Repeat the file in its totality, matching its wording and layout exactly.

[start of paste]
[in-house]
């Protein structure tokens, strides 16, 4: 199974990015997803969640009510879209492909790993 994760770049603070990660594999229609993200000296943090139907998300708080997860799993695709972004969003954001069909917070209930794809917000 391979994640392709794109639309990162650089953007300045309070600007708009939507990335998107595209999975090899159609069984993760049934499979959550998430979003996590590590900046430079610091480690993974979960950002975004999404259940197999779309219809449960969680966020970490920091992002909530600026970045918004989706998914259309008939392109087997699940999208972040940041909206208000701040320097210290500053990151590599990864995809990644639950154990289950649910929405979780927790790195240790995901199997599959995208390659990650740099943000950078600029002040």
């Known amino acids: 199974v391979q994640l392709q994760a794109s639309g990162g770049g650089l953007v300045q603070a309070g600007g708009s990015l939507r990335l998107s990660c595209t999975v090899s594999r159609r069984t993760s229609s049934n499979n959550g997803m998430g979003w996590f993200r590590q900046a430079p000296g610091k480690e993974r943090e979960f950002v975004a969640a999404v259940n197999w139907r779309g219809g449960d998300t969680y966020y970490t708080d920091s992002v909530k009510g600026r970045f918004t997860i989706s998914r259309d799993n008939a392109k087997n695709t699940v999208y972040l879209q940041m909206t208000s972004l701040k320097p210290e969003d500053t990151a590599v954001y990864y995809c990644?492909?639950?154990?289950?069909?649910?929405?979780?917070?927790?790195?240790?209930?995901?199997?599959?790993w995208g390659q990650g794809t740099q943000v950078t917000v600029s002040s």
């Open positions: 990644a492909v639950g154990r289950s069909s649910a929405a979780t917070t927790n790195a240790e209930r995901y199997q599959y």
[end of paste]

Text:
[in-house]
């Protein structure tokens, strides 16, 4: 199974990015997803969640009510879209492909790993 994760770049603070990660594999229609993200000296943090139907998300708080997860799993695709972004969003954001069909917070209930794809917000 391979994640392709794109639309990162650089953007300045309070600007708009939507990335998107595209999975090899159609069984993760049934499979959550998430979003996590590590900046430079610091480690993974979960950002975004999404259940197999779309219809449960969680966020970490920091992002909530600026970045918004989706998914259309008939392109087997699940999208972040940041909206208000701040320097210290500053990151590599990864995809990644639950154990289950649910929405979780927790790195240790995901199997599959995208390659990650740099943000950078600029002040």
């Known amino acids: 199974v391979q994640l392709q994760a794109s639309g990162g770049g650089l953007v300045q603070a309070g600007g708009s990015l939507r990335l998107s990660c595209t999975v090899s594999r159609r069984t993760s229609s049934n499979n959550g997803m998430g979003w996590f993200r590590q900046a430079p000296g610091k480690e993974r943090e979960f950002v975004a969640a999404v259940n197999w139907r779309g219809g449960d998300t969680y966020y970490t708080d920091s992002v909530k009510g600026r970045f918004t997860i989706s998914r259309d799993n008939a392109k087997n695709t699940v999208y972040l879209q940041m909206t208000s972004l701040k320097p210290e969003d500053t990151a590599v954001y990864y995809c990644?492909?639950?154990?289950?069909?649910?929405?979780?917070?927790?790195?240790?209930?995901?199997?599959?790993w995208g390659q990650g794809t740099q943000v950078t917000v600029s002040s």
């Open positions: 990644a492909v639950g154990r289950s069909s649910a929405a979780t917070t927790n790195a240790e209930r995901y199997q599959y």